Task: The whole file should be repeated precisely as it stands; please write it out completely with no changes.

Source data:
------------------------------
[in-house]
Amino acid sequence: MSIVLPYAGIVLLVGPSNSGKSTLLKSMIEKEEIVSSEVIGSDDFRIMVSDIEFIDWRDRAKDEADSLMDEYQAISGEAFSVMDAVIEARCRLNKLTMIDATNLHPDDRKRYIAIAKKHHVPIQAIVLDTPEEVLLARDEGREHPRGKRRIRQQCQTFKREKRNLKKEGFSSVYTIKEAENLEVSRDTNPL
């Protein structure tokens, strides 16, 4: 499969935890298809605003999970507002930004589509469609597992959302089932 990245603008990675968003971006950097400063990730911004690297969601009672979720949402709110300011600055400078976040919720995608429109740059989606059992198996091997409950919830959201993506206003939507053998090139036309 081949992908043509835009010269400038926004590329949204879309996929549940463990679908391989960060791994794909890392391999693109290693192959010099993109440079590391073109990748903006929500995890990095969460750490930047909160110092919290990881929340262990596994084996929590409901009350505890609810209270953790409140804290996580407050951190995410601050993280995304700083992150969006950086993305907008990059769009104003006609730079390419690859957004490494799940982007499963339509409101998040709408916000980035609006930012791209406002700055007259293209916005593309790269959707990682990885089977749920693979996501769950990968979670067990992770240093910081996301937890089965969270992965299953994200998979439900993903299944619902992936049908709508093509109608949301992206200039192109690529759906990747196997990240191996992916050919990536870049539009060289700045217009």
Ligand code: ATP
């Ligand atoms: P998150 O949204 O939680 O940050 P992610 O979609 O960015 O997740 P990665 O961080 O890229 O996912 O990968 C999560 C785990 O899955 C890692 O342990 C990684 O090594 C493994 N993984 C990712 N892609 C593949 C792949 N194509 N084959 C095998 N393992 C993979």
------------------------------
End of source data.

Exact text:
[in-house]
Amino acid sequence: MSIVLPYAGIVLLVGPSNSGKSTLLKSMIEKEEIVSSEVIGSDDFRIMVSDIEFIDWRDRAKDEADSLMDEYQAISGEAFSVMDAVIEARCRLNKLTMIDATNLHPDDRKRYIAIAKKHHVPIQAIVLDTPEEVLLARDEGREHPRGKRRIRQQCQTFKREKRNLKKEGFSSVYTIKEAENLEVSRDTNPL
């Protein structure tokens, strides 16, 4: 499969935890298809605003999970507002930004589509469609597992959302089932 990245603008990675968003971006950097400063990730911004690297969601009672979720949402709110300011600055400078976040919720995608429109740059989606059992198996091997409950919830959201993506206003939507053998090139036309 081949992908043509835009010269400038926004590329949204879309996929549940463990679908391989960060791994794909890392391999693109290693192959010099993109440079590391073109990748903006929500995890990095969460750490930047909160110092919290990881929340262990596994084996929590409901009350505890609810209270953790409140804290996580407050951190995410601050993280995304700083992150969006950086993305907008990059769009104003006609730079390419690859957004490494799940982007499963339509409101998040709408916000980035609006930012791209406002700055007259293209916005593309790269959707990682990885089977749920693979996501769950990968979670067990992770240093910081996301937890089965969270992965299953994200998979439900993903299944619902992936049908709508093509109608949301992206200039192109690529759906990747196997990240191996992916050919990536870049539009060289700045217009």
Ligand code: ATP
């Ligand atoms: P998150 O949204 O939680 O940050 P992610 O979609 O960015 O997740 P990665 O961080 O890229 O996912 O990968 C999560 C785990 O899955 C890692 O342990 C990684 O090594 C493994 N993984 C990712 N892609 C593949 C792949 N194509 N084959 C095998 N393992 C993979």